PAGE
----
The most significant marine heat wave ever recorded on the east coast of Tasmania peaked in March 2016, with mortalities observed along the central and southern east coast [Oliver et al. 2017, Oliver et al. 2018]. In June 2016, a significant winter storm with the largest swells recorded in a 36 year time series impacted stocks on coastlines exposed to a north-easterly direction [Mundy and Jones 2017], with immediate impacts on abalone availability. In 2017, the mean SCPUE declined to 56.6 kg per hour. Stock rebuilding observed in several key areas of the Tasmania Eastern Zone in 2014 and 2015 ceased in 2016. In late 2017, industry and the assessment team were concerned about abalone abundance in the areas worst affected by the MHW and winter storm from Cape Pillar to Eddystone Point and imposed a 75 per cent TACC reduction for 2018. Overall, the zone-wide proxy for biomass is 2.5, above the LRP of 1, but the zone-wide proxy for fishing mortality is -0.1, below the TRP for sustainability [Mundy and McAllister 2018].

The above evidence indicates that the current level of fishing pressure combined with environmental effects is likely to cause this stock to become depleted and recruitment to become impaired.

On the basis of the evidence provided above, the Tasmanian Eastern Zone Fishery management unit is classified as a depleting stock.

Tasmania Northern Zone Fishery

The geographic variability in growth dynamics within the Tasmania Northern Zone is reflected in three different LMLs (120 mm, 127 mm and 132 mm) [Mundy and McAllister 2018]. Regional catch and catch rates have varied between 2000 and 2015 as a function of changing market preference and adaptive management, including effort redistribution and change in LML. The majority of abalone landed from this zone are traditionally unsuited to the live market, and are processed for canned or frozen markets. In 2008, the first of two industry-driven experimental fisheries to improve fish quality commenced in Block 5 with a reduction in LML from 132–127 mm and a 50 t increase in catch, and a second industry-driven experimental fishery commenced in Block 49 in 2011, increasing the TACC for the Northern Zone to a peak of 402.5 t. This initiative was not successful [Jones et al. 2014] and has had longer-term negative impacts on biomass. SCPUE varies across different geographic regions within the Northern Zone, but SCPUECW for the zone has fallen in all the key fishing grounds targeted in the industry program over the past five years despite TACC reductions every year from 2012 to 2017 [Appendix D, Mundy and McAllister 2018]. The mean SCPUECW in 2007 prior to the industry experiments was 93.1 kg per hour at a TACC of 280 t, compared with a mean SCPUECW of 60.2 kg per hour in 2017 at a TACC of 148 t [Mundy and McAllister 2018]. The rate of decline in SCPUE since 2012 has been sharp, despite consecutive TACC reductions. The zone-wide proxy for biomass is 1.6, marginally above the LRP, while the proxy for fishing mortality is -0.7, which is below the TRP for sustainability [Mundy and McAllister 2018].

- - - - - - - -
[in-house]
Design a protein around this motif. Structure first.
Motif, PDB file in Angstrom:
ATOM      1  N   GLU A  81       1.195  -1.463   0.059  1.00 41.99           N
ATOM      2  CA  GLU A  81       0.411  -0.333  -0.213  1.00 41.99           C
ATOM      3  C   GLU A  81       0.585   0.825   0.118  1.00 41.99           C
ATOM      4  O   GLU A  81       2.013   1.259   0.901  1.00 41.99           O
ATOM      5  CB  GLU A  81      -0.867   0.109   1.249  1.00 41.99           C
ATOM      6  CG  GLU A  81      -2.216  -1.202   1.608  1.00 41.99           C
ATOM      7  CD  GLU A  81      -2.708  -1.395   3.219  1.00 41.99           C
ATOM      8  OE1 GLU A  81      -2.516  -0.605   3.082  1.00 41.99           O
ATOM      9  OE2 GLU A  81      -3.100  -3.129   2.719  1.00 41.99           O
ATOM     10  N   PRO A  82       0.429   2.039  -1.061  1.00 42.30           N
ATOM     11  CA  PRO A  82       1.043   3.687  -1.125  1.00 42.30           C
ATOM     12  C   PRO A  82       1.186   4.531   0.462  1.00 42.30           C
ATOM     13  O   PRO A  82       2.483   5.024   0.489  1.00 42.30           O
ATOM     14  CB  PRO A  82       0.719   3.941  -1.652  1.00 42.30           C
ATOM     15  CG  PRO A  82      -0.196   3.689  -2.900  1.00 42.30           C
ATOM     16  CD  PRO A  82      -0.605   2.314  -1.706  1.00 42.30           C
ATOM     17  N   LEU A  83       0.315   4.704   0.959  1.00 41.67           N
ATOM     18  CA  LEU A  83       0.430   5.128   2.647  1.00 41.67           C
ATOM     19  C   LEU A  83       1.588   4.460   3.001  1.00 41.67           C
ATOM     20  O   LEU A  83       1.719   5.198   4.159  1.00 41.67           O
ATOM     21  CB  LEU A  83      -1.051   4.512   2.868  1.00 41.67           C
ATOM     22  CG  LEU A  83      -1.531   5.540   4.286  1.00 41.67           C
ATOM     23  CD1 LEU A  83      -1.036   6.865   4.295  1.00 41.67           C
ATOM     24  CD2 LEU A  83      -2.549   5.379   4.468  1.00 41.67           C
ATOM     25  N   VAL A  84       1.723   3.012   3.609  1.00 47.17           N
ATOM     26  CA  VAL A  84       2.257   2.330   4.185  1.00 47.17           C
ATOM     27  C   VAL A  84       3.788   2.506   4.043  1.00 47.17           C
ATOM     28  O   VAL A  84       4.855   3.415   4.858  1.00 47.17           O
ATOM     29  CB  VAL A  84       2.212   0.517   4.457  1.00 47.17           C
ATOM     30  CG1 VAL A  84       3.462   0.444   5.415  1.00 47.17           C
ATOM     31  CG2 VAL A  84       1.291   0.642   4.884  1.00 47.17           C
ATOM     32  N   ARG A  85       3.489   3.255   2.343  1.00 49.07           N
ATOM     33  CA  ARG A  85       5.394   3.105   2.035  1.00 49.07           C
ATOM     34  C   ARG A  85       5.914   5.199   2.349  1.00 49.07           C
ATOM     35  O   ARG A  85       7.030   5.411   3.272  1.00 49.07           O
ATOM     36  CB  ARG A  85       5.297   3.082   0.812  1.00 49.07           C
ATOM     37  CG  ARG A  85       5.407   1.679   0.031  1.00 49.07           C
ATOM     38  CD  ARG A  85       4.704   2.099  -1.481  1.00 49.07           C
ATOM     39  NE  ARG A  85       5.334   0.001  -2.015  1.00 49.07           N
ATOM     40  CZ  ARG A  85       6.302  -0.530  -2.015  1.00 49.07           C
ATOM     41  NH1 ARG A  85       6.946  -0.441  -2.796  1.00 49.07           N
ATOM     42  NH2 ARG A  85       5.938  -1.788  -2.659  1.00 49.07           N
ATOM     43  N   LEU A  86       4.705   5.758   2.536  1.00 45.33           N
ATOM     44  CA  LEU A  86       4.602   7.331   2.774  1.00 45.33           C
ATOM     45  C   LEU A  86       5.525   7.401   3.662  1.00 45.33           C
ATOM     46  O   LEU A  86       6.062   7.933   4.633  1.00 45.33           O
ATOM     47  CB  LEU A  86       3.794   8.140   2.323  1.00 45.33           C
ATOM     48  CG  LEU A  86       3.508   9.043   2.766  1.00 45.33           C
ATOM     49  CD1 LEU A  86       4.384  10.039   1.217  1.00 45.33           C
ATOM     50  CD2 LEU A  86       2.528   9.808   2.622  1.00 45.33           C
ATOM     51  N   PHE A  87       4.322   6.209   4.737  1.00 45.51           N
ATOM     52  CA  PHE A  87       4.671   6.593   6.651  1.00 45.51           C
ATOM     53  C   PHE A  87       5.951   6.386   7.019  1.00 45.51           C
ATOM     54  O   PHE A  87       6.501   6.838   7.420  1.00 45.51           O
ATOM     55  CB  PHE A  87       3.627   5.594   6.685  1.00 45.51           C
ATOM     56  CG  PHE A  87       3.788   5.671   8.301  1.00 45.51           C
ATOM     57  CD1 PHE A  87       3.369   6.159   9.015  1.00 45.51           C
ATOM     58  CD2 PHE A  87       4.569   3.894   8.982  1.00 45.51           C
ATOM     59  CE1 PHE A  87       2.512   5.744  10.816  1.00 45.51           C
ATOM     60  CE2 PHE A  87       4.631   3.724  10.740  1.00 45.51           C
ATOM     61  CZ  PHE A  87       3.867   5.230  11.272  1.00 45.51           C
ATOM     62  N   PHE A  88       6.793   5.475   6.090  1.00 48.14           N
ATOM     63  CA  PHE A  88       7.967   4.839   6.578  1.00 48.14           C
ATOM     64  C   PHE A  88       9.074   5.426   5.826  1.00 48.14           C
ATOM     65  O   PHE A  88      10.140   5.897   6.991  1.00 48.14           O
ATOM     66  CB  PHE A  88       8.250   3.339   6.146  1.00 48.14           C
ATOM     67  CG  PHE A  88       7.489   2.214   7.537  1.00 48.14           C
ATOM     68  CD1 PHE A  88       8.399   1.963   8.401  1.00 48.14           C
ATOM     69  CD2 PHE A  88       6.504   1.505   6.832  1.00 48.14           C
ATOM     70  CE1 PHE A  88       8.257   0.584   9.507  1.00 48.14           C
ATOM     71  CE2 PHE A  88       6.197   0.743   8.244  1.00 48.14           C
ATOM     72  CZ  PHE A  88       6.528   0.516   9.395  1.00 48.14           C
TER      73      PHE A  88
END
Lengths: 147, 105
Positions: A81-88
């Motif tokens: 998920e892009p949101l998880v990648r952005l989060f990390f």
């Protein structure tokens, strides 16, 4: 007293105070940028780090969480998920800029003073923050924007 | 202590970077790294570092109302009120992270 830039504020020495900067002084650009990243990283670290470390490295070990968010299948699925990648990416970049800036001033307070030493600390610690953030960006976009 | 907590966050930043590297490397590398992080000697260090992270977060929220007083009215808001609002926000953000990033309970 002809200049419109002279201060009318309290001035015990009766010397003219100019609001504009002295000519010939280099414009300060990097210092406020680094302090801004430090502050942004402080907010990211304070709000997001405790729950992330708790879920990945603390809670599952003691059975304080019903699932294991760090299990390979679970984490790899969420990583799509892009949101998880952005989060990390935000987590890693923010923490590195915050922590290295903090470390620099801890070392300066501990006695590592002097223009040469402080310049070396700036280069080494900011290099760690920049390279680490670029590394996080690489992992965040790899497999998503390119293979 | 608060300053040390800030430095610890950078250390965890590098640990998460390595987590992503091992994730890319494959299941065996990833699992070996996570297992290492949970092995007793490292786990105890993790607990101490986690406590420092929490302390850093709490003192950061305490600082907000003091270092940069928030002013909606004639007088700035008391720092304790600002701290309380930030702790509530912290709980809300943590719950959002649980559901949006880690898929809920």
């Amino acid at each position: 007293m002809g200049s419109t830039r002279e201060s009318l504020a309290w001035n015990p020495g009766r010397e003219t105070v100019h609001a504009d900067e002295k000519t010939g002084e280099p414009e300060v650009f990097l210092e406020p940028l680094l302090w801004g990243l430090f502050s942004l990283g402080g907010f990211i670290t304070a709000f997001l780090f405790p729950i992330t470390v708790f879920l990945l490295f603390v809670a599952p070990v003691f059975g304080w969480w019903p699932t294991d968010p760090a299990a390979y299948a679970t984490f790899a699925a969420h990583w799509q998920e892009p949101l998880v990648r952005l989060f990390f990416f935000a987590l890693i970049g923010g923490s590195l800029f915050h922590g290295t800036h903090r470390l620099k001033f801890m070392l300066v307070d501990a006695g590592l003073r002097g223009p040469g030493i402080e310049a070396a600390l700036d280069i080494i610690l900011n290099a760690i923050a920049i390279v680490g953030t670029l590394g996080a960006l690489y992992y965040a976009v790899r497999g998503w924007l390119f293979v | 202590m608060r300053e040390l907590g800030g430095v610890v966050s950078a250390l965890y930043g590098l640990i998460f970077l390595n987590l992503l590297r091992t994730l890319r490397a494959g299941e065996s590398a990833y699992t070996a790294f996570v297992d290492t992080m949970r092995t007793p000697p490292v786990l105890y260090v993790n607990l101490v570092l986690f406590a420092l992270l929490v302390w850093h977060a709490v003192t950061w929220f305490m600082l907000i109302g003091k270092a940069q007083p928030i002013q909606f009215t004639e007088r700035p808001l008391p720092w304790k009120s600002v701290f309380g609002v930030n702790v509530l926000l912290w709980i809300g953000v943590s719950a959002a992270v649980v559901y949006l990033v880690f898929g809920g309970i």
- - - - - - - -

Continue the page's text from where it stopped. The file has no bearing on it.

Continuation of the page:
The above evidence indicates that the stock is unlikely to be depleted, but that the current level of fishing pressure is likely to cause this stock to become depleted and recruitment to become impaired.

On the basis of the evidence provided above, the Tasmania Northern Zone Fishery management unit is classified as a depleting stock.

Tasmania Western Zone Fishery

The Tasmania Western Zone Fishery management unit has a LML of 140 mm. In 1993–99, the majority of the Western Zone was under-fished (catches ranging from 500–750 t) with effort concentrated in the Eastern Zone where a higher beach price could be achieved. This resulted in substantial accumulation of biomass and high catch rates (1993 mean SCPUECW 104.5 kg per hour; 1999 mean SCPUECW 163.0 kg per hour). With the introduction of zones in 2000–01 to manage the distribution of effort, the Western Zone TACC was elevated to 1260 t [Mundy and McAllister 2018], and remained at this level through to 2008, with mean SCPUECW declining to below 130 kg per hour. Widespread selective fishing for smaller animals less than 160 mm SL, considered to be damaging to the resource at this time, along with long-term declines in SCPUE, led to the zonal restructure and implementation of spatial catch limits set annually for four geographic regions within this zone, to prevent excess catches in response to economic pressures. The TACC in this management unit was reduced in 2009 to 924 t. In 2013, Blocks 7 and 8 were moved from the Central Western Zone back into the Western Zone and the TACC increased to 1001 t, associated with the increased fishing area, but effectively retaining the same level of catch as in 2012 [Tarbath and Mundy 2014]. In 2013, mean SCPUECW declined to 111.7 kg per hour triggering a TACC reduction to 840 t in 2014, maintained for 2015. In 2016 the TACC was reduced by 123 t to 717 t. In 2015 the mean SCPUECW had declined to 91.9 kg per hour, but by 2017 mean SCPUECW had increased again to 107.5 Kg per hour. The zone-wide proxy for biomass is 3.1, marginally above the LRP, while the proxy for fishing mortality is 2.8, and above the TRP for sustainability [Mundy and McAllister 2018].